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Barnsbury businesswoman on verge of mountaineering world record

PUBLISHED: 16:11 05 April 2016 | UPDATED: 16:11 05 April 2016

Masha in Antarctica in December, when she climbed the 16,000ft Vinson Massif. This was the second stage of her challenge. Picture: Masha Gordon

Masha in Antarctica in December, when she climbed the 16,000ft Vinson Massif. This was the second stage of her challenge. Picture: Masha Gordon

Archant

Ten years ago, Barnsbury company director Masha Gordon couldn’t run 5km without collapsing in exhaustion.

Masha in Russia, where she climbed the 18,500ft Elbrus. She completed this on March 10, and was the fifth and most recent stage of her journey. Picture: Masha GordonMasha in Russia, where she climbed the 18,500ft Elbrus. She completed this on March 10, and was the fifth and most recent stage of her journey. Picture: Masha Gordon

Yet today, the 42-year-old is on schedule to set a Guinness World Record as the fastest ever woman to climb the highest peak in each of the seven continents – as well as trek over both poles on skis at 40 degrees below freezing.

Masha, of Milner Place, has so far reached five of the peaks and completed the South Pole in the Explorers’ Grand Slam challenge.

She is on course to finish at Denali in June, shaving three months off Vanessa O’Brien’s 11-month record.

But the most formidable stage of her journey is still to come.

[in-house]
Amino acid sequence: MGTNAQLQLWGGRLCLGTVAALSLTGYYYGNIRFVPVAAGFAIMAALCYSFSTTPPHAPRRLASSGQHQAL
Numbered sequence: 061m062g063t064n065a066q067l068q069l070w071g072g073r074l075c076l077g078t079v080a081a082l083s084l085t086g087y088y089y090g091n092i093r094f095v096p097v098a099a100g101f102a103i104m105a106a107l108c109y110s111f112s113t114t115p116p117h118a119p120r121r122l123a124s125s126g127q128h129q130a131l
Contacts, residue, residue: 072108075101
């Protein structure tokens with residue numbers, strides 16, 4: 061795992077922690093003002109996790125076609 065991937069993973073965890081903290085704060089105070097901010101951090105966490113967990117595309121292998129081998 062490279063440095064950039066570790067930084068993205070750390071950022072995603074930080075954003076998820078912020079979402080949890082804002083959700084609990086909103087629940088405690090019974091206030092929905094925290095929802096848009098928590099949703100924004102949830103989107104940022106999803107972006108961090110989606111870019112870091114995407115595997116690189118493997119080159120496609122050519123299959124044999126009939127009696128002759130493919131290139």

This week, Masha will start her trek across the North Pole. And two weeks later, she faces Everest, the highest of them all.

Not that she is fazed. Speaking from Svalbard, Norway, as she awaited her journey to the North Pole, Masha told the Gazette this afternoon: “I have climbed a hell of a lot and feel good about my ability.

“You have to be efficient exerting your energy. There’s a lot of emotional upheaval so if you can control it, you can wrestle the challenge piece by piece.”

It’s quite a turnaround from the girl who failed PE at school.

“I was very unsporty as a child,” Masha laughs. “I was academic so it didn’t concern me.

“But I started skiing in my 20s and climbing in my 30s. I fell in love with it: the problem solving and amazing feeling when you get to the top.”

Though prolonged periods away from family “haven’t been easy”, Masha is determined to set the record in the name of her new charity Grit & Rock, which helps deprived teenage girls take up mountaineering.

“I’m in love with adventure,” she said. “We need to get kids into this.”

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